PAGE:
Sibelius 5’s Evaporating Tonal Center

A part of the Sibelius monument in Helsinki.
A part of the Sibelius monument in Helsinki.

 

In Monday’s post, commemorating the 150th anniversary of Jean Sibelius’ birth, we listened to Leonard Bernstein’s live concert performance of Sibelius’ Fifth Symphony with the Vienna Philharmonic. Returning to this music, I was reminded of that chilling moment in the first movement when the tonal center completely evaporates.

Virtually all music from J.S. Bach through Late Romanticism was tonal, built on relationships between a tonic (the key’s home base) and dominant. We naturally sense these relationships and the pull of a dominant (V) chord back home. For example, imagine how unfulfilled you would feel if the final resolution was missing from the end of Gee, Officer Krupke! from Bernstein’s West Side Story.  The music would be left hanging in midair.

As the twentieth century unfolded, this tonal center sometimes began to fray and disappear altogether. We hear tonality slipping away in the last Mahler symphonies (listen to the haunting Adagio from Mahler’s unfinished Tenth Symphony), and in Debussy’s floating Eastern harmonies (listen to the dreamy Prelude to the Afternoon of a Faun). When tonality completely disappears, it sounds like Arnold Schoenberg’s Variations for Orchestra, Op. 31In this music, all twelve pitches of the chromatic scale are treated equally and all sense of hierarchy is gone.

But let’s return to that frightening moment in the first movement of Sibelius’ Fifth Symphony, written in 1915, when tonality briefly disappears. As the bassoon wanders through a desolate landscape, we hear wispy, ghostly spinning motives in the strings. It almost sounds like a distant howling wind. Moments later, the tonal center abruptly returns, but the shock of this passage (beginning around 6:43) remains with us for the rest of the piece:

Sibelius at 150

Jean Sibelius (1865-1957)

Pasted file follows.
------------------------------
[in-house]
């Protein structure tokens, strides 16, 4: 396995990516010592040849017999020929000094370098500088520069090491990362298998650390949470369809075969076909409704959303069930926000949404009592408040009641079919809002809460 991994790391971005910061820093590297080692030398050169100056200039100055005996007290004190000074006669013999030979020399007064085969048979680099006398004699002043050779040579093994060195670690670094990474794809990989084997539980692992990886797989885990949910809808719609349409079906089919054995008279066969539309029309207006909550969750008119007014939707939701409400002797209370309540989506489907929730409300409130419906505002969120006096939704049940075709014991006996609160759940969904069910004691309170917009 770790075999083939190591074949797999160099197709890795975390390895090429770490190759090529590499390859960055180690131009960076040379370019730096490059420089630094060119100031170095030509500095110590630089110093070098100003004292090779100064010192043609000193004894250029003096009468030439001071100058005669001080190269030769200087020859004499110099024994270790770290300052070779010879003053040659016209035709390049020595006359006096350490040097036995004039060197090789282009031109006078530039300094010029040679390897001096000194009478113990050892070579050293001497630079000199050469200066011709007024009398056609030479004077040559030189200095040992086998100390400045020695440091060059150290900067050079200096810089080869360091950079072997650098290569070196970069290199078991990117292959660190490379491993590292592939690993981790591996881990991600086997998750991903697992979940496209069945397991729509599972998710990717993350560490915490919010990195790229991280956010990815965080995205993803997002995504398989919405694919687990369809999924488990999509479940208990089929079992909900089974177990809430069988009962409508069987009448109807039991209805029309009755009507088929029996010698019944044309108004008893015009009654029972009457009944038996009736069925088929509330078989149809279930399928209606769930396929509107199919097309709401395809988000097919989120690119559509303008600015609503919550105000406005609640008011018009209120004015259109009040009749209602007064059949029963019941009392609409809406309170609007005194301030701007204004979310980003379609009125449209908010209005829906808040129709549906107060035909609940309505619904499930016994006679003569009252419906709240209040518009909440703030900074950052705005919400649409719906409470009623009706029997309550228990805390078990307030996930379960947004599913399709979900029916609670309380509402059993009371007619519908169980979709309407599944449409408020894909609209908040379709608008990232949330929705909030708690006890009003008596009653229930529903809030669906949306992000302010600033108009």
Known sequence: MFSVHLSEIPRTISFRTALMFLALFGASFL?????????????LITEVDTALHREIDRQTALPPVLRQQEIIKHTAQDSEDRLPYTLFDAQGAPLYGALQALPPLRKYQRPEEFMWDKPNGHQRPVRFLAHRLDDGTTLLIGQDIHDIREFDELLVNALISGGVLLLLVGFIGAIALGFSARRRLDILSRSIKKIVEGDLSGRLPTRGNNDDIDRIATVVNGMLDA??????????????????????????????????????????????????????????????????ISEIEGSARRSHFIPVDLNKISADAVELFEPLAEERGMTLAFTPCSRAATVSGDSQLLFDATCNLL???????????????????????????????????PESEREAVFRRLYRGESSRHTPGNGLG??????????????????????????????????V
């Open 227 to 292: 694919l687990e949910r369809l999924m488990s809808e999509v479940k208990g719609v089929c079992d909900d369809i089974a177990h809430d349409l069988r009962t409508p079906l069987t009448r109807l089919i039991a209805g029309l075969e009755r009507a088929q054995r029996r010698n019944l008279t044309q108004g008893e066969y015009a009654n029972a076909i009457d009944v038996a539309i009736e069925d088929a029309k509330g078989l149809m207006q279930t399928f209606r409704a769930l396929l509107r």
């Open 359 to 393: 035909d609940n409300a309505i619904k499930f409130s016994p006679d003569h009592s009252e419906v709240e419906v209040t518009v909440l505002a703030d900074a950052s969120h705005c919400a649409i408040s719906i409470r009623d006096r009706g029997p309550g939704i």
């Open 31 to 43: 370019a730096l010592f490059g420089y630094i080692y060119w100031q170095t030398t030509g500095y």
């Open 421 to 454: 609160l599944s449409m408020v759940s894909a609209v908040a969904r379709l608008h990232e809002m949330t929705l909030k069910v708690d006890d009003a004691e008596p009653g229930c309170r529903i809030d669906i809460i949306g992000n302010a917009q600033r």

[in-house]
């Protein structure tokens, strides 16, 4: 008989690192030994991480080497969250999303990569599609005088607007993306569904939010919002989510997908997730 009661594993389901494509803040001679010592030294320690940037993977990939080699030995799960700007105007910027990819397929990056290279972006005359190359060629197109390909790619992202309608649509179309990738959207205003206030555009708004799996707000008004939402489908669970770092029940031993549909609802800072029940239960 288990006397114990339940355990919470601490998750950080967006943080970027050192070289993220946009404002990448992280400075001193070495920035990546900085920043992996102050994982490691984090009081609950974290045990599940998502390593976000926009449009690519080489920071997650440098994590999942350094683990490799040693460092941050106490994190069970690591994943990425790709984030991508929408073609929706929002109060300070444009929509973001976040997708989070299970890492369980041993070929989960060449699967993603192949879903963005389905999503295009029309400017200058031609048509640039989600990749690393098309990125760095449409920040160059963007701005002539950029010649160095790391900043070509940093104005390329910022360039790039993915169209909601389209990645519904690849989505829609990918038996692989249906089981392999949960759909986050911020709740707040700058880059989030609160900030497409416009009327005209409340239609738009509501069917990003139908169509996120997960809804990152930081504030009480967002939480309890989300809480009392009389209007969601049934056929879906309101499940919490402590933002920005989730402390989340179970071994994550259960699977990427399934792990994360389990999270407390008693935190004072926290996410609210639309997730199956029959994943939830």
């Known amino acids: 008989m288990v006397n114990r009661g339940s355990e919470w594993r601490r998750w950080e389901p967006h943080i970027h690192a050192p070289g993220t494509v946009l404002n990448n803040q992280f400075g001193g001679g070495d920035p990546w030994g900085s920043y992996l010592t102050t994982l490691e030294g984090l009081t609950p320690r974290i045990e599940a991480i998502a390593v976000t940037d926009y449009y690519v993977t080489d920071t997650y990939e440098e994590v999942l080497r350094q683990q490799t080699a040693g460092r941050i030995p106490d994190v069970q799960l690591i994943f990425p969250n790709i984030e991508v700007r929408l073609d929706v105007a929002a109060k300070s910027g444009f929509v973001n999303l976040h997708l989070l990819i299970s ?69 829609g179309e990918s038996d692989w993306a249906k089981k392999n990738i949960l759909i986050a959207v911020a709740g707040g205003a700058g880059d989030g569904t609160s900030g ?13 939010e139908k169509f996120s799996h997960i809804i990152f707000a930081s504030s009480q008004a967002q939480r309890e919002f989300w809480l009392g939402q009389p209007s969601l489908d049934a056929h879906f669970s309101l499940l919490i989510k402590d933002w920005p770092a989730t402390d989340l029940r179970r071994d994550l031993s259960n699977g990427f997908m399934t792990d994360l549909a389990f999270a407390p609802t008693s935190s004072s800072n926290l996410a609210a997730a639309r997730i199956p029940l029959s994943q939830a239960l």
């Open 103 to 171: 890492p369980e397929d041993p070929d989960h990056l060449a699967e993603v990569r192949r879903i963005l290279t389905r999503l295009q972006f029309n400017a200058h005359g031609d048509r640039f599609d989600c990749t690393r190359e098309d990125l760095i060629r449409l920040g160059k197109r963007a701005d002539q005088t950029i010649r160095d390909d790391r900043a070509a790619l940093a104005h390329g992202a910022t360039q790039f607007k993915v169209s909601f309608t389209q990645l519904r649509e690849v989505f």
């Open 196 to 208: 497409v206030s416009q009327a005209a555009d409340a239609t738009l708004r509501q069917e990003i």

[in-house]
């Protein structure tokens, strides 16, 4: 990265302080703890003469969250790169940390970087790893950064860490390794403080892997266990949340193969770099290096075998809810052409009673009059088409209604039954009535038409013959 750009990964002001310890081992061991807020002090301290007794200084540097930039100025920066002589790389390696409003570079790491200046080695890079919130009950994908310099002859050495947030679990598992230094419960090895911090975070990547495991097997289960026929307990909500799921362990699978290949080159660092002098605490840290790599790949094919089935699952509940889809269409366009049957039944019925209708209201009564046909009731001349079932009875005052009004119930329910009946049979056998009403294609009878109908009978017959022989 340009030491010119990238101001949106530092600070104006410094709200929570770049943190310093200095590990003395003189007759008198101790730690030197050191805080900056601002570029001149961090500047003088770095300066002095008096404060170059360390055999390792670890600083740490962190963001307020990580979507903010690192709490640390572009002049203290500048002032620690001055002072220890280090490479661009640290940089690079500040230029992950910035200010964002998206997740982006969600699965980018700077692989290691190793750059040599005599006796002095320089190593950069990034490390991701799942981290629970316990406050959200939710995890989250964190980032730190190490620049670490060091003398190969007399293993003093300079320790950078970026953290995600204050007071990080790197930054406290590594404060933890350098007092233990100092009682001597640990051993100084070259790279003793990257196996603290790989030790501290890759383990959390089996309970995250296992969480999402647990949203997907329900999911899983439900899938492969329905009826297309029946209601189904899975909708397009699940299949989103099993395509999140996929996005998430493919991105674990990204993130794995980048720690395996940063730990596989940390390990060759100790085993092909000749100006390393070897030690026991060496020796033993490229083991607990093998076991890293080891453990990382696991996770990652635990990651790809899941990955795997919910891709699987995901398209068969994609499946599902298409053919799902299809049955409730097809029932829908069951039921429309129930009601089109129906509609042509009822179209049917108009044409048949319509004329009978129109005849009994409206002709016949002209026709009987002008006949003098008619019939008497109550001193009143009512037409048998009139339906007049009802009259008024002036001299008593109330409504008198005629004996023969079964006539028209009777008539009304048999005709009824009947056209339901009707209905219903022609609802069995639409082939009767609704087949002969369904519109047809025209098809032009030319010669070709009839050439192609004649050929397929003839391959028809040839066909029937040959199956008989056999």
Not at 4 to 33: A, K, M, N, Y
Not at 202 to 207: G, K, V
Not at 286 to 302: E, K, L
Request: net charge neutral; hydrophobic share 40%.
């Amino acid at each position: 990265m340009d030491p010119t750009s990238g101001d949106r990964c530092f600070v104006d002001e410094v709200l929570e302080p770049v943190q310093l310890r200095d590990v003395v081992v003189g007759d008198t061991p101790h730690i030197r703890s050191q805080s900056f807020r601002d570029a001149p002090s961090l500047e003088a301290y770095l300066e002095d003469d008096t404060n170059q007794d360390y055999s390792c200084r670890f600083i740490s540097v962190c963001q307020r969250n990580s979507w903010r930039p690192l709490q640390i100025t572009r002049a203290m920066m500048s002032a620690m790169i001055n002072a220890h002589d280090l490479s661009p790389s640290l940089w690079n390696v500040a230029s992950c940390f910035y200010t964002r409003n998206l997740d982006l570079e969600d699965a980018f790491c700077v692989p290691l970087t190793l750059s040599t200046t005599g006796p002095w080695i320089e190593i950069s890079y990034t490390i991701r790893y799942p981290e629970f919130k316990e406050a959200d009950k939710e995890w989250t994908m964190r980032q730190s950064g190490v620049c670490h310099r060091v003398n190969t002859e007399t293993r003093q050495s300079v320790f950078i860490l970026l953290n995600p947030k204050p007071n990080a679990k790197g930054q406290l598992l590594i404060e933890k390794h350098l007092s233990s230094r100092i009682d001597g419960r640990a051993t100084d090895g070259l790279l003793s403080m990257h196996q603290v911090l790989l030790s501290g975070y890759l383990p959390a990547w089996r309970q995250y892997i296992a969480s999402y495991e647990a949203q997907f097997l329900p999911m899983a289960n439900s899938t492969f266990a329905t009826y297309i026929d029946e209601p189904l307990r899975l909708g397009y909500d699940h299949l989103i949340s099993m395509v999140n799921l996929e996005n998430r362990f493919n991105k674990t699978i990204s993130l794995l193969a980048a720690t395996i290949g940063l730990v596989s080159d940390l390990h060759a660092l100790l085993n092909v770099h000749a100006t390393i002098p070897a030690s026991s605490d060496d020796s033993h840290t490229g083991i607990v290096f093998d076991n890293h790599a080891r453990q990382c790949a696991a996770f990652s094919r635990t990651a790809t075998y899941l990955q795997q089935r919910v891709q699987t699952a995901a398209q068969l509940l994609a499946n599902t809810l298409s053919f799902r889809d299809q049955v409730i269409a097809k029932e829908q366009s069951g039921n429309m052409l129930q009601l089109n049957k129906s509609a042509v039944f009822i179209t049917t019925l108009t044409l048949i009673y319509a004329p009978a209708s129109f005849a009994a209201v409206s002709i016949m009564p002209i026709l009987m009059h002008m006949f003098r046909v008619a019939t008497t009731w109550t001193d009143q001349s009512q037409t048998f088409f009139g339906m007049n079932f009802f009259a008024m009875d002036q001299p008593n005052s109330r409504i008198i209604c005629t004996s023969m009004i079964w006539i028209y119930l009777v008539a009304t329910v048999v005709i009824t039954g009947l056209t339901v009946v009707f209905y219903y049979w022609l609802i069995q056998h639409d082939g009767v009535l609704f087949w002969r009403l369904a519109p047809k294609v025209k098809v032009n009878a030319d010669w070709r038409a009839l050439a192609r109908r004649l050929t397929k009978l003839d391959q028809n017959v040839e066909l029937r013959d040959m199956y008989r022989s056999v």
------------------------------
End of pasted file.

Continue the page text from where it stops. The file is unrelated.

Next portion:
Jean Sibelius (1865-1957)

 

Tomorrow marks the 150th anniversary of the birth of Jean Sibelius. Commemorative events are under way this week, from Sibelius’ native Finland to Minnesota.

Appropriately, the 11th International Jean Sibelius Violin Competition just wrapped up in Helsinki. The competition, open to violinists under the age of 30, has been held every five years since 1965. Listen to this year’s first prize winner, American violinist Christel Lee, here.

Recently, here at the Listeners’ Club, we’ve explored Sibelius’ Second Symphony and the tone poem, The OceanidesBoth posts featured conductor Osmo Vänskä’s landmark recordings with the Lahti Symphony Orchestra in the 1990s. In 2012, Vänskä began re-recording the Sibelius symphonies with Minnesota Orchestra. Briefly delayed by that orchestra’s 15-month-long lockout, the project is again in full swing.

Later in the week, we’ll hear Vänskä’s Lahti recording of Sibelius’ Sixth Symphony. In the meantime, here is a great live performance of the Fifth Symphony with Leonard Bernstein and the Vienna Philharmonic. I provided some background on the Fifth Symphony in this past Listeners’ Club post.

Do you have a favorite Sibelius recording? Is there one conductor who, in your opinion, really “gets” Sibelius? Please share your recommendations in the thread below. And don’t forget to explore the Listeners’ Club archive for other Sibelius posts.

The Lonely Introspection of Brahms’ Op. 116, No. 4

Johannes Brahms (1833-1897)
Johannes Brahms (1833-1897)

 

Let’s finish the week with Johannes Brahms’ Intermezzo in E major, No. 4 from the Seven Fantasies, Op. 116 for piano. Written in 1892 in the final years of Brahms’ life, this is music infused with a deep sense of lonely introspection. It draws us into a dreamlike world where every chord and hesitating pause seem to have something important to say.

There are moments when the rhythmic feel changes in interesting ways, obliterating our sense of “strong” and “weak” beats. We also get a visceral sense of the spacial dimension in this music: lines pull apart and converge in an elaborate musical architecture. We feel the width of the piano’s keyboard. And listen to the aching beauty of this passage, in which a series of voices pour passionately from the piano in imitative, canonic counterpoint.

As Op. 116, No. 4 draws to a close, the pitch “E” in the bass takes on increasing power, as if to foreshadow the inevitability of a final resolution. When that resolution comes, it’s met with peaceful acceptance.